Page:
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The Marco Island Code Enforcement Magistrate issued $1,000 in fines to three condominium associations for violating sea turtle lighting restrictions on Tuesday. One of them, Madeira, was fined last month for the same code violation.

Special Magistrate Myrnabelle Roche issued a fine of $500 against Madeira's condo association after a city Code Enforcement officer discovered light poles and decorative lighting in the pool area could potentially disorient turtle hatchlings.

Roche said she did not grant the city's request to fine the association $3,500 because there was no evidence of irreparable harm like the death of turtle hatchlings.  

The violations have since then been fixed. 

"Every time they catch you it's going to be $500," Roche said. "You will be deemed a repeat violator."

The Eagle reported on Aug. 30 that Roche issued a fine of $1,050 against Madeira and its contractors for beach code violations after removing sand dunes and native vegetation without permits.

The Sandcastle I and Emerald Beach condo associations were each fined $250 because a Code Enforcement officer found in July their respective pool lighting  was reflecting on their buildings.

Roche had postponed issuing fines in August to Sandcastle I and Emerald Beach to give Code Enforcement an opportunity to re-inspect the condominiums after changes were made. The violations in both condos have been fixed, according to Code Enforcement.

Roche ordered each of the condo associations to pay $50 to cover administrative fees.

More: Marco Island condos fined $1,300 for violating sea turtle lighting restrictions

The Eagle reported on Aug. 29 that Roche issued $1,300 in fines against six condominium associations for violating sea turtle lighting restrictions. Four of the five associations were fined $250 and Madeira $50.

The notices for violating sea turtle lighting restrictions are on the rise, according to a news release sent Monday by the Marco Island Police Department (MIPD).

Since May 1, Code Enforcement has issued 45 notices of violation during the 2019 sea turtle season, 25 more than in 2018. Sea turtle season runs through Oct. 31.

"Depending on the severity of the violation and other unique factors, the fine could be as high as $5,000 per event - for violations of Marco Island City Code," Captain David Baer wrote. "Both Collier County and the State of Florida have their own ordinances or statutes, and related penalties as well."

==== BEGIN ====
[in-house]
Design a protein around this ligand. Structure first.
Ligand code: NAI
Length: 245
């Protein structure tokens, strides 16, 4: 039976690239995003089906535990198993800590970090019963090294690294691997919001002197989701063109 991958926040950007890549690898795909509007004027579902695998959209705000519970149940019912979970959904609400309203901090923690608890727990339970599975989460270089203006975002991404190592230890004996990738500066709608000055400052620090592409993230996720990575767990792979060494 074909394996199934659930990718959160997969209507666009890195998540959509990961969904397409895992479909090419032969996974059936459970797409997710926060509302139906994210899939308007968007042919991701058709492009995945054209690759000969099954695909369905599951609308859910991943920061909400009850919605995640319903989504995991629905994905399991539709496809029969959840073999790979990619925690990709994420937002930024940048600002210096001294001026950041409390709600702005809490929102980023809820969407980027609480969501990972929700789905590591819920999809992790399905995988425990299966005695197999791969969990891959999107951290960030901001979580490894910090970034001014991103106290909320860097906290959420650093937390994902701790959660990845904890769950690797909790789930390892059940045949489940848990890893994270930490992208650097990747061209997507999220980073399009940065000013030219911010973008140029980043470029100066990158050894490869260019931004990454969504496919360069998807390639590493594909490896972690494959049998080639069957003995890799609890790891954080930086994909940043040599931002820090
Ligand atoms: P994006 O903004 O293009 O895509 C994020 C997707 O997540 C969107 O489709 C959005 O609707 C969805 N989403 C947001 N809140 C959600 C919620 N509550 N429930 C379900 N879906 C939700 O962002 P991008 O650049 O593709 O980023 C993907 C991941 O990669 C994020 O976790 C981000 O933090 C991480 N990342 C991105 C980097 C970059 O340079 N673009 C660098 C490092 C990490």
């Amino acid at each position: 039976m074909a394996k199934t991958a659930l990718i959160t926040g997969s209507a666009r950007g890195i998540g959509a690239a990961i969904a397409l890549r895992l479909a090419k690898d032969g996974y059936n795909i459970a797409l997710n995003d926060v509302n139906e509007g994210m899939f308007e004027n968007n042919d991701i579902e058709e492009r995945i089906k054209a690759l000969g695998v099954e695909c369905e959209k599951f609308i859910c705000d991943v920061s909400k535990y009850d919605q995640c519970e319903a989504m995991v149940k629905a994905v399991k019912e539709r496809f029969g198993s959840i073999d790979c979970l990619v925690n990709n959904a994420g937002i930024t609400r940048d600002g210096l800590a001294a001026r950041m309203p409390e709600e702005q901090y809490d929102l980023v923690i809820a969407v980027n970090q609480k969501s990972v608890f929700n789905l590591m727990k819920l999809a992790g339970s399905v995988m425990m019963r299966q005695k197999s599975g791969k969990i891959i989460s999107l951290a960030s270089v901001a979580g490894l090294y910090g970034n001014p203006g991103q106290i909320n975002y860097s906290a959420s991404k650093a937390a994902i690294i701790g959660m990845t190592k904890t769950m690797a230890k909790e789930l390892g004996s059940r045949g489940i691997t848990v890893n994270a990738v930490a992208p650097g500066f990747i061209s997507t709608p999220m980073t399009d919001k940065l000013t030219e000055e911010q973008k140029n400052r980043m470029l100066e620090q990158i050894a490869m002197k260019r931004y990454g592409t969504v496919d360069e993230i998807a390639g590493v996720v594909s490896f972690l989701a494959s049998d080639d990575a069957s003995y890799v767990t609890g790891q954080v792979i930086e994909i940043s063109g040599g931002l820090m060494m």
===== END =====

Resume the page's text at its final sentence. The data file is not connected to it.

Out of the 45 notices, two were determined to be unfounded and eight are currently being investigated, according to MIPD.  

More: Madeira, contractors fined $1,050 for beach code violations in Marco Island, more to come

Turtle hatchling found dead in condo lobby

A resident of the Sunset House condo reported Monday she found a dead turtle hatchling inside of a Ziploc-type plastic bag in the building's lobby accompanied by a note. 

Kelly Caudle, the resident, posted pictures of what she found in the Marco Patriots Community Forum Facebook group.

"This is what you get when you close your blinds," the note reads. "They crawl towards the light."

The note says the hatchling was found Sunday moving towards Sunset House.

"It's really not a Sunset problem," Caudle wrote to the Eagle. "It's a Marco Island problem."

Captain Baer said people should report disoriented or dead hatchlings to its Code Enforcement unit instead of removing them so they can take action against potential violators. "Whoever found the turtle should have called us," Baer said.

Why are lighting restrictions important? 

At night turtles use the naturally bright horizon to find their way back to the sea, according to the City of Marco Island's website.

"Artificial lights on the upland and shoreline disorient the sea turtles and deter them from nesting or from returning to the ocean," the website reads.

Likewise, the hatchlings will travel inland toward the brighter artificial light. If they are disoriented, they often die from dehydration and are easily preyed upon by predators, according to the website.

What you can do to help:

  • Turn off all unnecessary lights.
  • Close blinds and curtains.
  • Shield light sources.
  • Apply window tint to windows.
  • Don’t use decorative landscape lighting on the beach side.
  • Plant vegetation buffers between light sources and beach.
  • Don’t use flashlights or flash photography on the beach at night.

Source: City of Marco Island

In case you missed it: International Coastal Cleanup: 140 pounds of trash collected in Tigertail Beach

And: Second dredging proposed for Tigertail Lagoon in Marco Island, ecosystem at risk

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